Hinchingbrooke: Hospital spells out debts and job cuts

With debts, job losses and ward closures at Hinching-brooke Hospital causing concern across the district, The Hunts Post asked the trust to explain what is happening in an open letter to our readers. This is its response: To the people of Huntingdonshire

With debts, job losses and ward closures at Hinching-brooke Hospital causing concern across the district, The Hunts Post asked the trust to explain what is happening in an open letter to our readers.

This is its response:

To the people of Huntingdonshire,

In common with many other NHS organisations, Hinchingbrooke NHS Trust is facing severe financial difficulties. Due to a variety of factors, we have to make savings amounting to £9.6million this year.


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In making these savings we are very clear that we are passionately committed to continuing to provide high quality services for local people but we are equally clear that we must do this within budget to secure the trust's financial viability. Last year we reduced our costs by £2.4million, our beds by 17 per cent and the average length of stay by 10 per cent. Unfortunately these cost reductions were not enough.

The savings we are now looking to make total £9.6million. We have identified £5million worth of pay and non pay savings through reducing the amount we spend on bank, agency and locum (temporary) staff, not renewing temporary contracts, offering early retirement and freezing vacancies and the board has reluctantly asked that we consult on up to 200 redundancies.

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The consultation on the first wave of 41 jobs began on July 4 with at-risk letters sent to almost 200 staff. This consultation will end at the beginning of August, when we will begin to consult on the second wave of jobs, which will include trust wide reviews of senior management and clerical/admin jobs as well as clinical roles.

We are working very hard to ensure that, through new ways of working and reconfiguring our services, the job losses have as little impact as possible on the care we offer our patients. This is a very difficult time for our fantastic team of staff who continue to show the utmost professionalism and to care for patients to the high standard for which the trust is renowned.

In addition, we are looking to reduce our overheads by moving as much elective surgery as possible into our new state of the art treatment centre and moving Oak, Larch and Cedar wards to the front of the hospital, offering better facilities for all patients. We have already closed Rowan ward, providing a much better environment for the majority of women patients in the treatment centre.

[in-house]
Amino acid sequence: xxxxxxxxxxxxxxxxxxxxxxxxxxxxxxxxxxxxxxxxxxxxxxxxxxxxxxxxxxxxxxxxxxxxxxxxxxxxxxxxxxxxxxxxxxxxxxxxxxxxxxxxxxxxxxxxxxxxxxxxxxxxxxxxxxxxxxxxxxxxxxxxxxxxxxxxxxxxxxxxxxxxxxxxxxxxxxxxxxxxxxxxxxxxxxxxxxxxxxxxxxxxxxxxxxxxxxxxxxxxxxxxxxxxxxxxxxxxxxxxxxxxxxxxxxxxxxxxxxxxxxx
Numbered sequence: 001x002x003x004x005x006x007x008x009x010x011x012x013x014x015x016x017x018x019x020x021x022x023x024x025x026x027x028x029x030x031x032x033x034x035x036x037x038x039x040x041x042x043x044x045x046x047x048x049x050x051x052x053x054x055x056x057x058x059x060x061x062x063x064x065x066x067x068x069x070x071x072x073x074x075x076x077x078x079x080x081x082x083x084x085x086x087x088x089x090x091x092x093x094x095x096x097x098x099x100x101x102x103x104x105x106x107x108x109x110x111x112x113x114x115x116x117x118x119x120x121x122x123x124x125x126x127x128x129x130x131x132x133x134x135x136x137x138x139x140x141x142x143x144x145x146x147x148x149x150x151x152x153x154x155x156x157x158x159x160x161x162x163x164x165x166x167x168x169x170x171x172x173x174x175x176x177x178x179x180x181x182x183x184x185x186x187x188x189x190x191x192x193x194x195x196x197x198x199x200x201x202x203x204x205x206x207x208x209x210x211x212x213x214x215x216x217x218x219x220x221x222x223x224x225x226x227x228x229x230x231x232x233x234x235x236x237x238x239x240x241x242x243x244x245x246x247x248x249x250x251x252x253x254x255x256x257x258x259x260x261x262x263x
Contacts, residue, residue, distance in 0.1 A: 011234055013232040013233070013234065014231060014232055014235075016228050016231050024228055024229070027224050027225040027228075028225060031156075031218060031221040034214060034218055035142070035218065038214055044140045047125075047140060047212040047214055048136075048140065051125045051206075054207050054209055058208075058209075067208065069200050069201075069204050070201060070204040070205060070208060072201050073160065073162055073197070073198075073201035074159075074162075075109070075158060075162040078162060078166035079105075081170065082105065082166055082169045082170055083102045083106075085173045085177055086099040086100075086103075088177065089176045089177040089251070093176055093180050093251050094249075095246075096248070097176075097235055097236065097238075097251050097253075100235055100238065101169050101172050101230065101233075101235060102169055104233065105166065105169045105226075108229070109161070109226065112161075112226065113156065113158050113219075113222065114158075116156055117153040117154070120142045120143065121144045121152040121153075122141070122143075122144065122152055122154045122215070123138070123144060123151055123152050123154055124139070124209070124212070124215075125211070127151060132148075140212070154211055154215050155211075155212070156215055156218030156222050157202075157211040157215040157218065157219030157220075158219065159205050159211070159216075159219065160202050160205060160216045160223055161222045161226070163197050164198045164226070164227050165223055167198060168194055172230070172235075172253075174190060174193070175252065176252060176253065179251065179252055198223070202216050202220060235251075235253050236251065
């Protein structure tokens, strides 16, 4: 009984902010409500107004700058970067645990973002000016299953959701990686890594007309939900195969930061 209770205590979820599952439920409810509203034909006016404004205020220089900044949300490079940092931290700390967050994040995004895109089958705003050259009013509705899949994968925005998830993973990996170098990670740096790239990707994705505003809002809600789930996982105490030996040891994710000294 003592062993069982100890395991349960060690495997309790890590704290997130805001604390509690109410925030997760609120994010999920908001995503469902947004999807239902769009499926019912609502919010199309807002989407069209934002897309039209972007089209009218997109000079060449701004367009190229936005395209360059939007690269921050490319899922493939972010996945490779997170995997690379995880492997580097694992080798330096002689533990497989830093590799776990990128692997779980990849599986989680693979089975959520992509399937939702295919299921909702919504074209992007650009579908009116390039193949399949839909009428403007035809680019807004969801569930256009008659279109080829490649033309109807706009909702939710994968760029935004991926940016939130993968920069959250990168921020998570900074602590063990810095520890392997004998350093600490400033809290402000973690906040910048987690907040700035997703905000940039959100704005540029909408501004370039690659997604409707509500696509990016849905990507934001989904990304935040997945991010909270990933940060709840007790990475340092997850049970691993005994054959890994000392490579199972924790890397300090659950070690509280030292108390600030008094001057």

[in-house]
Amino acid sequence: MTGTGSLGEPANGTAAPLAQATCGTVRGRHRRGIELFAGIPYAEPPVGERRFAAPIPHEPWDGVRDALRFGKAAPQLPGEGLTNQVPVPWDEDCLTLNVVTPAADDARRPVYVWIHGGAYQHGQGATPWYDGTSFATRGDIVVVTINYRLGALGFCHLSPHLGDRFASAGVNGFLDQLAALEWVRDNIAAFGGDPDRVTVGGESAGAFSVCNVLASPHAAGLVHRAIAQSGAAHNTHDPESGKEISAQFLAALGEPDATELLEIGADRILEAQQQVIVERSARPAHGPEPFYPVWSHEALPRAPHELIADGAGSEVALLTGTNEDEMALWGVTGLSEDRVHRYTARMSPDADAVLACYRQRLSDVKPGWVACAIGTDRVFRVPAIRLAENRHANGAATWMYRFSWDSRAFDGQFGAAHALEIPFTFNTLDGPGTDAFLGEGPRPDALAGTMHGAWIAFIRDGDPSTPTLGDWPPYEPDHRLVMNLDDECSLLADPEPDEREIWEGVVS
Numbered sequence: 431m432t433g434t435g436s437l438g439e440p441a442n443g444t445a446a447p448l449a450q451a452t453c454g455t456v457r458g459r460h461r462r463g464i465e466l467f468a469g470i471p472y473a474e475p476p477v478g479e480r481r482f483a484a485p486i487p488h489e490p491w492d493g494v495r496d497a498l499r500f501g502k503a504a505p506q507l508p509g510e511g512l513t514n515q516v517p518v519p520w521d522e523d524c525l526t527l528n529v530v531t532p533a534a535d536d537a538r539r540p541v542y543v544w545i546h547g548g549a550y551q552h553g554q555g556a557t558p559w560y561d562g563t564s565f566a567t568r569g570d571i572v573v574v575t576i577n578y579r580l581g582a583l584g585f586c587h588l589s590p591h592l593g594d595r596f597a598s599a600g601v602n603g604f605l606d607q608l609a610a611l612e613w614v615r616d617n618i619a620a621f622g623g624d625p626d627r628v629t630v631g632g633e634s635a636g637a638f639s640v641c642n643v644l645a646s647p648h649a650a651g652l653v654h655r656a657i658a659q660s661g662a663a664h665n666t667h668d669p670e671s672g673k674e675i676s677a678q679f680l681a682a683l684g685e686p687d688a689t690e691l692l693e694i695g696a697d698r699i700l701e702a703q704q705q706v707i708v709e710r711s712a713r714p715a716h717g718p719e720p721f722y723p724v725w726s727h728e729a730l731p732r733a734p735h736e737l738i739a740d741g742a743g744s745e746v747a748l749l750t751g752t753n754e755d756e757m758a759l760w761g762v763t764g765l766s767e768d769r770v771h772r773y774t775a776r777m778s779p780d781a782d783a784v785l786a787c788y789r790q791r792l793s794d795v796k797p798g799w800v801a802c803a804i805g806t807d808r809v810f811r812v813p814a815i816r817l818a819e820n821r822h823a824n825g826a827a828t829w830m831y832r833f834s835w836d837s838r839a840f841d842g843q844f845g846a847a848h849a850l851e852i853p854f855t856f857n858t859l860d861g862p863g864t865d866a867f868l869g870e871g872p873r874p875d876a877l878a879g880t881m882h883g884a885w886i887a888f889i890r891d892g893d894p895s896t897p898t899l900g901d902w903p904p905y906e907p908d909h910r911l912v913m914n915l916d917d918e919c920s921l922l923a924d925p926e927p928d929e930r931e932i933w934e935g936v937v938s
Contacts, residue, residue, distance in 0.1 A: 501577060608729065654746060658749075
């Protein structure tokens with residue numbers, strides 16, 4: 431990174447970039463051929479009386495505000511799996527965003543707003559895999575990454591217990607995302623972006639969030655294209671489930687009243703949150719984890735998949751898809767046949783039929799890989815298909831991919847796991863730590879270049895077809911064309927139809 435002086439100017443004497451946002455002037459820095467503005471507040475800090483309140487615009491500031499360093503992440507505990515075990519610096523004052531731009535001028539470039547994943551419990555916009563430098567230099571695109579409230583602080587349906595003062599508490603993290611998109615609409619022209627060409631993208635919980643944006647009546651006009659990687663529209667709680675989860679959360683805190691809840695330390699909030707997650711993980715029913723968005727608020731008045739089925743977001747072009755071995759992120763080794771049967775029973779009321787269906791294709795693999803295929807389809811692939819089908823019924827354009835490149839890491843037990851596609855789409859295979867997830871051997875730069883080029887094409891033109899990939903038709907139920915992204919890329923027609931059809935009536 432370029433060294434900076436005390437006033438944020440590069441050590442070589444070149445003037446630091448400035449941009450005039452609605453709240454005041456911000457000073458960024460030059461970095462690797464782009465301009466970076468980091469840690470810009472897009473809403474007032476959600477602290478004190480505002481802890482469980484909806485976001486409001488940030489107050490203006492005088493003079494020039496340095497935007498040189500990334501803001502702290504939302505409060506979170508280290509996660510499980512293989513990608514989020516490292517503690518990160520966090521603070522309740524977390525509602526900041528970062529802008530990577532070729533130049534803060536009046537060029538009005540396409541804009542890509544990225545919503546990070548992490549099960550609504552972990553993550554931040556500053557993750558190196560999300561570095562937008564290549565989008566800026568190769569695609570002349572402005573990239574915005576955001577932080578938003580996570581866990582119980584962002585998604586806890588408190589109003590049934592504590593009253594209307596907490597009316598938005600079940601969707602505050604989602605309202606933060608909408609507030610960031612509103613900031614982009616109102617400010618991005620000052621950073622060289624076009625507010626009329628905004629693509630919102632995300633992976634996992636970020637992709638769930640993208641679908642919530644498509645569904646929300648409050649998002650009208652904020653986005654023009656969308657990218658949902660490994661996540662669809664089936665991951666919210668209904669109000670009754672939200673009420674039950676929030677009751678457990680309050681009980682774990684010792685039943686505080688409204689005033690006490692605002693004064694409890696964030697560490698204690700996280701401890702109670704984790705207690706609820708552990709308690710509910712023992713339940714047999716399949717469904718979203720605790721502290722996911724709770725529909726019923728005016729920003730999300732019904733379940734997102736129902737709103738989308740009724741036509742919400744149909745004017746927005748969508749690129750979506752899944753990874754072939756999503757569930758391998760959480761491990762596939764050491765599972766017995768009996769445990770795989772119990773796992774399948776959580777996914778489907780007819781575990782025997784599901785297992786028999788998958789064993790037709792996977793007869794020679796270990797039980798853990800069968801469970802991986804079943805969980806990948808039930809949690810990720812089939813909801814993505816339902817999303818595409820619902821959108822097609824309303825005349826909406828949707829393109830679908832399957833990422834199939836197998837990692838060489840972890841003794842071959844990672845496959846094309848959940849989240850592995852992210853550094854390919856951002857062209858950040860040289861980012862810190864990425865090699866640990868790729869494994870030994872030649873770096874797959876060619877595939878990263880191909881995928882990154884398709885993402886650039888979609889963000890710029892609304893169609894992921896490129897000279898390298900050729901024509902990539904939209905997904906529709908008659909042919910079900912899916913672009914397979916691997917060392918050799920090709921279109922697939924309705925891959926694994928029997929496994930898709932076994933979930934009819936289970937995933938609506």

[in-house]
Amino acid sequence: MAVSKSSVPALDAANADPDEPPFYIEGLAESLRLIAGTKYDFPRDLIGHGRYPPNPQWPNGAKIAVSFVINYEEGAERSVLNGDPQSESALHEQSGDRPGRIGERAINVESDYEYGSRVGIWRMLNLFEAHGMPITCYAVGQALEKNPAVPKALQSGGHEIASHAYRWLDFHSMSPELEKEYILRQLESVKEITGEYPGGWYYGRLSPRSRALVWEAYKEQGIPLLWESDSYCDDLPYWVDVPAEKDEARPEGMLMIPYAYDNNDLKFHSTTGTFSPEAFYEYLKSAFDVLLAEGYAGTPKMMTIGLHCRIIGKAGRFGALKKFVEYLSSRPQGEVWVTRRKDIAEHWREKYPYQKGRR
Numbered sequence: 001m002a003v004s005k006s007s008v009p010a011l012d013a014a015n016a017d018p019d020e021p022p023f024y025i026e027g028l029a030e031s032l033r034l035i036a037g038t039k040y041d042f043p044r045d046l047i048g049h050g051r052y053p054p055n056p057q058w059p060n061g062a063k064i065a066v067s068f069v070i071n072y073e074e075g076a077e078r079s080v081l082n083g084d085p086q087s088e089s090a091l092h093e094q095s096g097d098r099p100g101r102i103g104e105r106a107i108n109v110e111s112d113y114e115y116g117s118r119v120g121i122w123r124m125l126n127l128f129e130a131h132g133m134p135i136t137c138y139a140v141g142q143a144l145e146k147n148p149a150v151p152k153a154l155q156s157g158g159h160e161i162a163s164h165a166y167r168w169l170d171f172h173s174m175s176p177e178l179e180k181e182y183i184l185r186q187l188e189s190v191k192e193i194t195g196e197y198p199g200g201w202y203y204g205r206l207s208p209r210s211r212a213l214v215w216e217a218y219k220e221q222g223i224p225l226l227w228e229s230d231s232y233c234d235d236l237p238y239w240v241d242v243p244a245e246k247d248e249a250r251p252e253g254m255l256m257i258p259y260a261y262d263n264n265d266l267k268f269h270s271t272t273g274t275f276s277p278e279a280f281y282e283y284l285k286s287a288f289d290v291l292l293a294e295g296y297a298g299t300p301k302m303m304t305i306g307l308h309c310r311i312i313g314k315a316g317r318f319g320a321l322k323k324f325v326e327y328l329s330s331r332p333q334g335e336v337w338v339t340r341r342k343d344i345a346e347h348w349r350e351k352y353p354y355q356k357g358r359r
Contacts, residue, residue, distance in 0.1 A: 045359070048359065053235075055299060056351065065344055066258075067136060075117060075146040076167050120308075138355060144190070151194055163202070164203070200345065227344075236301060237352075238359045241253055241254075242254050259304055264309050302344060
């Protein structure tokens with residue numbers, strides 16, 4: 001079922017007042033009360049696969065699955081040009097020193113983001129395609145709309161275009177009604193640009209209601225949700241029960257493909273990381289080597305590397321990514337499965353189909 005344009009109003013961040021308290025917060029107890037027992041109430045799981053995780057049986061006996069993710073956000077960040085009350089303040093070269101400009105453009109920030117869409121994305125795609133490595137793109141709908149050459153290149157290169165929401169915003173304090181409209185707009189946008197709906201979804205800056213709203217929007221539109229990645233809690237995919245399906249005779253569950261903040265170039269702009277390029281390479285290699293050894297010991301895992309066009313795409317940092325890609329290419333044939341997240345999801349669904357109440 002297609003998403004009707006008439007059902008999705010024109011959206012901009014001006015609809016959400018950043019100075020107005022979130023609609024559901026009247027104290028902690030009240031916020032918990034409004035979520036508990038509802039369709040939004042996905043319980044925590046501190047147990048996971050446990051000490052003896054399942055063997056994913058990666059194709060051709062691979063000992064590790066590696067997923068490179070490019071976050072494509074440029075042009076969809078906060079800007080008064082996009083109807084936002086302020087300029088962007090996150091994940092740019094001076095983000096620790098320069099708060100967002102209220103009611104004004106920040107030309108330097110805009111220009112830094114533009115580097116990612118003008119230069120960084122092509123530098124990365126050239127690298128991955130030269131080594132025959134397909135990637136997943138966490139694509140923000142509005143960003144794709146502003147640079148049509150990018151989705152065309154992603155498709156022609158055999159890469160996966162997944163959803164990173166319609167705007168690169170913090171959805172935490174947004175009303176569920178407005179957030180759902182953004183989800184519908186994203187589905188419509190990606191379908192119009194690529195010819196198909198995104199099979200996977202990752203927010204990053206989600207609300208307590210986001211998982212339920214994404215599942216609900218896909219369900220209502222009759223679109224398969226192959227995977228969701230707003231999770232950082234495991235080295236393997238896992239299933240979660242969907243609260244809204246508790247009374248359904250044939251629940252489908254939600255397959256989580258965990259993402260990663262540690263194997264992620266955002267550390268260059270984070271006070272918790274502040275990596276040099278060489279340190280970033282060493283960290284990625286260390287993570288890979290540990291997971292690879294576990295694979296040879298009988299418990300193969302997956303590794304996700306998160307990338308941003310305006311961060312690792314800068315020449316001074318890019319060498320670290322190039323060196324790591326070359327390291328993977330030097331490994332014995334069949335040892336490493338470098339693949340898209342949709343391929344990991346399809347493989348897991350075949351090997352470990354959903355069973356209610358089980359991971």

We are looking hard to find as many potential savings as possible in our operational day to day activity before reviewing our overall service provision. By making small changes to individual services, we hope to maximise savings without affecting patient care.

The board has now supported a proposal to reconfigure emergency care at night. This service, which is currently used by a very small number of patients between the hours of midnight and 8am, will become part of a more integrated approach to caring for our patients at night. As with all other decisions, the welfare of our patients is the paramount consideration.

There are currently no plans to discontinue any of the services provided to our patients. We are undertaking a detailed piece of work to be clear about which of the savings identified will be maintained year on year.

The savings we need to make have always been £9.6million. These were identified in April 2006 and originally comprised £5.1million pay savings, £1.9million non pay savings and £2.6million additional income. The income figure is now included in the savings target following a further assessment of the trust's ability to secure additional income.

We wish to reassure all the people who rely on us for their health care that their needs are our top priority. We must address and solve our financial problems to secure the viability of the hospital and we are doing our utmost to do this while continuing to offer the unique brand of care on which the local population depends.

Liz Pointing

Acting Chief Executive

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